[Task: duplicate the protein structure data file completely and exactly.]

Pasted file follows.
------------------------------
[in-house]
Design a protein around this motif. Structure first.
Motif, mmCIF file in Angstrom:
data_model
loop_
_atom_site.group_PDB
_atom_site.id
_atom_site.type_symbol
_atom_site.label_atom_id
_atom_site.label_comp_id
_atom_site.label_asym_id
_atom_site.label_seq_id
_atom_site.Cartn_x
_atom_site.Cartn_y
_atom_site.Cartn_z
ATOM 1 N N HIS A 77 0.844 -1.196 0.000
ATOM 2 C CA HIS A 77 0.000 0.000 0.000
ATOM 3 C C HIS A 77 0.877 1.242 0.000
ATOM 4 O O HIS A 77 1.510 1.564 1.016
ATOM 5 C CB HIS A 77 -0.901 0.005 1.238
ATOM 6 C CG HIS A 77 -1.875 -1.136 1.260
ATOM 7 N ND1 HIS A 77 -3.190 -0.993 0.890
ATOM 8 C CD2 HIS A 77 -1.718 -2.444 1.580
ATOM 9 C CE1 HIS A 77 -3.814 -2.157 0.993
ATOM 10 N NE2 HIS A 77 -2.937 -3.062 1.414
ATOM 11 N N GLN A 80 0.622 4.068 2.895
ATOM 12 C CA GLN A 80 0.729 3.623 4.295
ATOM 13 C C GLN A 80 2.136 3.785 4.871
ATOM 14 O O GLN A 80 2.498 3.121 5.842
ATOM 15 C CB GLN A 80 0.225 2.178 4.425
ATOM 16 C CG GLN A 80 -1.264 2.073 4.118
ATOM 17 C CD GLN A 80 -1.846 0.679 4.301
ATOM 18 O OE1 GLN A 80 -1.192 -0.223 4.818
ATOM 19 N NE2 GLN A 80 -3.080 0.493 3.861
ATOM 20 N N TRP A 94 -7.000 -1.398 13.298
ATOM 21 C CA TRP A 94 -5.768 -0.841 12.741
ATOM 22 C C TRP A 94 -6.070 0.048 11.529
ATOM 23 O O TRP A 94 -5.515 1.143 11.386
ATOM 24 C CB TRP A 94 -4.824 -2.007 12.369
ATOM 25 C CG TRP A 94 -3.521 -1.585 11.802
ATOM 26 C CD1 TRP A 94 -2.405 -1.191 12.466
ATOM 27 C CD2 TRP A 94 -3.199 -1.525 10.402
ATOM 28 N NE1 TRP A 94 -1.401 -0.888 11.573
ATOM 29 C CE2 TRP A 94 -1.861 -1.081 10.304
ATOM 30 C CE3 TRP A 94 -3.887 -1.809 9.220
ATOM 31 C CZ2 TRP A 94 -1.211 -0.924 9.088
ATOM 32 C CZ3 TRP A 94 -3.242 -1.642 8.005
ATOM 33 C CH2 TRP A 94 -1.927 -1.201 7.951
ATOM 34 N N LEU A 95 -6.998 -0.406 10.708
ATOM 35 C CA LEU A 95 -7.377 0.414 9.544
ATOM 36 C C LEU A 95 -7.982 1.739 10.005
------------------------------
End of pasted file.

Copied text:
[in-house]
Design a protein around this motif. Structure first.
Motif, mmCIF file in Angstrom:
data_model
loop_
_atom_site.group_PDB
_atom_site.id
_atom_site.type_symbol
_atom_site.label_atom_id
_atom_site.label_comp_id
_atom_site.label_asym_id
_atom_site.label_seq_id
_atom_site.Cartn_x
_atom_site.Cartn_y
_atom_site.Cartn_z
ATOM 1 N N HIS A 77 0.844 -1.196 0.000
ATOM 2 C CA HIS A 77 0.000 0.000 0.000
ATOM 3 C C HIS A 77 0.877 1.242 0.000
ATOM 4 O O HIS A 77 1.510 1.564 1.016
ATOM 5 C CB HIS A 77 -0.901 0.005 1.238
ATOM 6 C CG HIS A 77 -1.875 -1.136 1.260
ATOM 7 N ND1 HIS A 77 -3.190 -0.993 0.890
ATOM 8 C CD2 HIS A 77 -1.718 -2.444 1.580
ATOM 9 C CE1 HIS A 77 -3.814 -2.157 0.993
ATOM 10 N NE2 HIS A 77 -2.937 -3.062 1.414
ATOM 11 N N GLN A 80 0.622 4.068 2.895
ATOM 12 C CA GLN A 80 0.729 3.623 4.295
ATOM 13 C C GLN A 80 2.136 3.785 4.871
ATOM 14 O O GLN A 80 2.498 3.121 5.842
ATOM 15 C CB GLN A 80 0.225 2.178 4.425
ATOM 16 C CG GLN A 80 -1.264 2.073 4.118
ATOM 17 C CD GLN A 80 -1.846 0.679 4.301
ATOM 18 O OE1 GLN A 80 -1.192 -0.223 4.818
ATOM 19 N NE2 GLN A 80 -3.080 0.493 3.861
ATOM 20 N N TRP A 94 -7.000 -1.398 13.298
ATOM 21 C CA TRP A 94 -5.768 -0.841 12.741
ATOM 22 C C TRP A 94 -6.070 0.048 11.529
ATOM 23 O O TRP A 94 -5.515 1.143 11.386
ATOM 24 C CB TRP A 94 -4.824 -2.007 12.369
ATOM 25 C CG TRP A 94 -3.521 -1.585 11.802
ATOM 26 C CD1 TRP A 94 -2.405 -1.191 12.466
ATOM 27 C CD2 TRP A 94 -3.199 -1.525 10.402
ATOM 28 N NE1 TRP A 94 -1.401 -0.888 11.573
ATOM 29 C CE2 TRP A 94 -1.861 -1.081 10.304
ATOM 30 C CE3 TRP A 94 -3.887 -1.809 9.220
ATOM 31 C CZ2 TRP A 94 -1.211 -0.924 9.088
ATOM 32 C CZ3 TRP A 94 -3.242 -1.642 8.005
ATOM 33 C CH2 TRP A 94 -1.927 -1.201 7.951
ATOM 34 N N LEU A 95 -6.998 -0.406 10.708
ATOM 35 C CA LEU A 95 -7.377 0.414 9.544
ATOM 36 C C LEU A 95 -7.982 1.739 10.005